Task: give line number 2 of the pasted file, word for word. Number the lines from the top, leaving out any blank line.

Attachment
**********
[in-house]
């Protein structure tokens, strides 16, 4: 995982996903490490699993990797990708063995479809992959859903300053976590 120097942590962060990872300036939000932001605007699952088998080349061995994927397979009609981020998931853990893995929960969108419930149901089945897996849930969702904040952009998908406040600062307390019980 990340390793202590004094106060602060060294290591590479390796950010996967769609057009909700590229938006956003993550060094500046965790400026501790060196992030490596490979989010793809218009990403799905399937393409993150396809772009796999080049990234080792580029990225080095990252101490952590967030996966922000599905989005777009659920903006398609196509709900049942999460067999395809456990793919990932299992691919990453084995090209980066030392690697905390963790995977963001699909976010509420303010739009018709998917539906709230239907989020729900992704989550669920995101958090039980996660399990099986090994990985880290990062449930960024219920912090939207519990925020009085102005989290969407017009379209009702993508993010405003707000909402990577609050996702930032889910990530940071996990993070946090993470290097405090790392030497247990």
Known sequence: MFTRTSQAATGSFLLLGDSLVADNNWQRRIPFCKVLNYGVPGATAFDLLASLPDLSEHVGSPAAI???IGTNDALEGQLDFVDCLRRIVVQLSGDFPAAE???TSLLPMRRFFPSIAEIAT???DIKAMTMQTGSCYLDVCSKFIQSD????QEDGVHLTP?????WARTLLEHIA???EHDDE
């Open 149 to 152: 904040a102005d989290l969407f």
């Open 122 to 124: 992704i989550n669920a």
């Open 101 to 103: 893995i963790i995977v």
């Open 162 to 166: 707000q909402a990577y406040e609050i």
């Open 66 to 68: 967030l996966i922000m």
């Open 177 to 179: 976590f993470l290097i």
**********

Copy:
């Protein structure tokens, strides 16, 4: 995982996903490490699993990797990708063995479809992959859903300053976590 120097942590962060990872300036939000932001605007699952088998080349061995994927397979009609981020998931853990893995929960969108419930149901089945897996849930969702904040952009998908406040600062307390019980 990340390793202590004094106060602060060294290591590479390796950010996967769609057009909700590229938006956003993550060094500046965790400026501790060196992030490596490979989010793809218009990403799905399937393409993150396809772009796999080049990234080792580029990225080095990252101490952590967030996966922000599905989005777009659920903006398609196509709900049942999460067999395809456990793919990932299992691919990453084995090209980066030392690697905390963790995977963001699909976010509420303010739009018709998917539906709230239907989020729900992704989550669920995101958090039980996660399990099986090994990985880290990062449930960024219920912090939207519990925020009085102005989290969407017009379209009702993508993010405003707000909402990577609050996702930032889910990530940071996990993070946090993470290097405090790392030497247990």